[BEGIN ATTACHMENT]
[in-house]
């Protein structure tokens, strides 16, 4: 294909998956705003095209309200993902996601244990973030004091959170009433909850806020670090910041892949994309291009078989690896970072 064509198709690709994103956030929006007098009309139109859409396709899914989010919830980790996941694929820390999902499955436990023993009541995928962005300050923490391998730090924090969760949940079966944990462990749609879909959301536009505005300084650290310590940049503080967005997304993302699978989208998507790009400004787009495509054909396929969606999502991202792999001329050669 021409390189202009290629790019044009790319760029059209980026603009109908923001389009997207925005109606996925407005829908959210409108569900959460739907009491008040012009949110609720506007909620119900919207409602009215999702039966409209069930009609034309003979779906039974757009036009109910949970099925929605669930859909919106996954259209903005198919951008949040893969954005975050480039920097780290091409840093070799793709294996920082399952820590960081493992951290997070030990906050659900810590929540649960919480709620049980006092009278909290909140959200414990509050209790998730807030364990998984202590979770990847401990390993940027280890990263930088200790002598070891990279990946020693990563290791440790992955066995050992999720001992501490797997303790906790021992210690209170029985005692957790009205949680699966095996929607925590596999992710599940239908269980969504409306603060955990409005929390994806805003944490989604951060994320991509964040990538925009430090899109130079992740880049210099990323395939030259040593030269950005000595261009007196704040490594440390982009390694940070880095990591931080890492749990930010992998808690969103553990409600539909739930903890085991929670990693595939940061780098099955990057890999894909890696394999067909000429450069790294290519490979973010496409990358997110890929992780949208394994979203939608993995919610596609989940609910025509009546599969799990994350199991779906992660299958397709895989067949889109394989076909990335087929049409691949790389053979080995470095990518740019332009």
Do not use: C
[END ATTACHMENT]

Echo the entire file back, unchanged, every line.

[in-house]
């Protein structure tokens, strides 16, 4: 294909998956705003095209309200993902996601244990973030004091959170009433909850806020670090910041892949994309291009078989690896970072 064509198709690709994103956030929006007098009309139109859409396709899914989010919830980790996941694929820390999902499955436990023993009541995928962005300050923490391998730090924090969760949940079966944990462990749609879909959301536009505005300084650290310590940049503080967005997304993302699978989208998507790009400004787009495509054909396929969606999502991202792999001329050669 021409390189202009290629790019044009790319760029059209980026603009109908923001389009997207925005109606996925407005829908959210409108569900959460739907009491008040012009949110609720506007909620119900919207409602009215999702039966409209069930009609034309003979779906039974757009036009109910949970099925929605669930859909919106996954259209903005198919951008949040893969954005975050480039920097780290091409840093070799793709294996920082399952820590960081493992951290997070030990906050659900810590929540649960919480709620049980006092009278909290909140959200414990509050209790998730807030364990998984202590979770990847401990390993940027280890990263930088200790002598070891990279990946020693990563290791440790992955066995050992999720001992501490797997303790906790021992210690209170029985005692957790009205949680699966095996929607925590596999992710599940239908269980969504409306603060955990409005929390994806805003944490989604951060994320991509964040990538925009430090899109130079992740880049210099990323395939030259040593030269950005000595261009007196704040490594440390982009390694940070880095990591931080890492749990930010992998808690969103553990409600539909739930903890085991929670990693595939940061780098099955990057890999894909890696394999067909000429450069790294290519490979973010496409990358997110890929992780949208394994979203939608993995919610596609989940609910025509009546599969799990994350199991779906992660299958397709895989067949889109394989076909990335087929049409691949790389053979080995470095990518740019332009």
Do not use: C